Completely reproducible results are not guaranteed across PyTorch releases, individual commits or different platforms. Furthermore, results need not be reproducible between CPU and GPU executions, even when using identical seeds.
However, in order to make computations deterministic on your specific problem on one specific platform and PyTorch release, there are a couple of steps to take.
There are two pseudorandom number generators involved in PyTorch, which you will need to seed manually to make runs reproducible. Furthermore, you should ensure that all other libraries your code relies on and which use random numbers also use a fixed seed.
You can use
torch.manual_seed() to seed the RNG for all devices (both
CPU and CUDA):
import torch torch.manual_seed(0)
There are some PyTorch functions that use CUDA functions that can be a source
of nondeterminism. One class of such CUDA functions are atomic operations,
atomicAdd, which can lead to the order of additions being
nondetermnistic. Because floating-point addition is not perfectly associative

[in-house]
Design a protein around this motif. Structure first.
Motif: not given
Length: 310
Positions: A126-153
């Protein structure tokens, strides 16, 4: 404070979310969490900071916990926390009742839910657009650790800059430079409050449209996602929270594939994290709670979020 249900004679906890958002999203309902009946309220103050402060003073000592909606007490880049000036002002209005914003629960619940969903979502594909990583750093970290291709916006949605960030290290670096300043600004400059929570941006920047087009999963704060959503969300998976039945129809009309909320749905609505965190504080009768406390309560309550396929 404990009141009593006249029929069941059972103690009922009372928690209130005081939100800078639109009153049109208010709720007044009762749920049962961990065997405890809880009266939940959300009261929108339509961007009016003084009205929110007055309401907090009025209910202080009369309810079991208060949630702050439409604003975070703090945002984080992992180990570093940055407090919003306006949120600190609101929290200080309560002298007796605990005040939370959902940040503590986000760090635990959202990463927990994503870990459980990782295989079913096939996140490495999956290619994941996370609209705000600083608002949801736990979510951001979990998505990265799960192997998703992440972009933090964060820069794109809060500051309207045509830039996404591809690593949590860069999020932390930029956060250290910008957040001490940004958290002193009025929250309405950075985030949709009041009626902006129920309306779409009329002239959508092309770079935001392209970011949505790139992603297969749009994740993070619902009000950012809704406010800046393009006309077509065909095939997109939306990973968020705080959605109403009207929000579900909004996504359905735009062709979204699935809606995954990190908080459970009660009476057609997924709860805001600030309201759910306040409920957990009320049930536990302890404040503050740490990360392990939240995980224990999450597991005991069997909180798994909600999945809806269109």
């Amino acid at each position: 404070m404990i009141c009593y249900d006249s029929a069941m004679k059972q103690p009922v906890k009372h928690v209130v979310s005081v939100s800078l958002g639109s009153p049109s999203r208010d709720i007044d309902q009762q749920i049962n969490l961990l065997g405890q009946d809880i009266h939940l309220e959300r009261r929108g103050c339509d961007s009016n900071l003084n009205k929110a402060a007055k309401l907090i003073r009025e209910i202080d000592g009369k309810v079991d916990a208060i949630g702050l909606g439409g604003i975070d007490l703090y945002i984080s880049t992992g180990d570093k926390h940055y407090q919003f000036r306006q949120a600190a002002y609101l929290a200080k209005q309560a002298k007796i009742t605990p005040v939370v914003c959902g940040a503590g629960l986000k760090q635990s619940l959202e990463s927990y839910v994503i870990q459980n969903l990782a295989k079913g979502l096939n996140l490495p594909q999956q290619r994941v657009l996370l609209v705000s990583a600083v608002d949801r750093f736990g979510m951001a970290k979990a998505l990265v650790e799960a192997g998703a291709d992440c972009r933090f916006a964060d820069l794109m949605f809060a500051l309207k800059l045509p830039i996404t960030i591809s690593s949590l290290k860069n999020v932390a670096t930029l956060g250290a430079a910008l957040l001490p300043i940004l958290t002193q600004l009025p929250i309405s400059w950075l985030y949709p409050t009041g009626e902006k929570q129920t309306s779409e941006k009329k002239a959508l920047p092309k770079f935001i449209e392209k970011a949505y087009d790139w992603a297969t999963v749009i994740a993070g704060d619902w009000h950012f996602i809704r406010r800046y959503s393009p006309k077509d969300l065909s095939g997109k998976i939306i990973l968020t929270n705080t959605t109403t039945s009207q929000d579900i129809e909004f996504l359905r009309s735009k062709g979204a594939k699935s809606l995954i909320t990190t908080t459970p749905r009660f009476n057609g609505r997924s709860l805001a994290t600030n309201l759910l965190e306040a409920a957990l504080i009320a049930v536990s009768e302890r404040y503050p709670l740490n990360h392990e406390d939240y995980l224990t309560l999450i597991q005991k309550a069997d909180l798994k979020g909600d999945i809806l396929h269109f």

for floating-point operands,
atomicAdd with floating-point operands can
introduce different floating-point rounding errors on each evaluation, which
introduces a source of nondeterministic variance (aka noise) in the result.
A number of operations have backwards kernels that use
and many forms of pooling, padding, and sampling.
There is currently no simple way of avoiding nondeterminism in these functions.
Additionally, the backward path for
nondeterministically on the CUDA backend because
is implemented using
index_select(), the backward path for
which is implemented using
index_add_(), which is known to operate
nondeterministically (in the forward direction) on the CUDA backend (see above).
When running on the CuDNN backend, two further options must be set:
torch.backends.cudnn.deterministic = True torch.backends.cudnn.benchmark = False
Deterministic operation may have a negative single-run performance impact, depending on the composition of your model. Due to different underlying operations, which may be slower, the processing speed (e.g. the number of batches trained per second) may be lower than when the model functions nondeterministically. However, even though single-run speed may be slower, depending on your application determinism may save time by facilitating experimentation, debugging, and regression testing.
If you or any of the libraries you are using rely on Numpy, you should seed the Numpy RNG as well. This can be done with:
import numpy as np np.random.seed(0)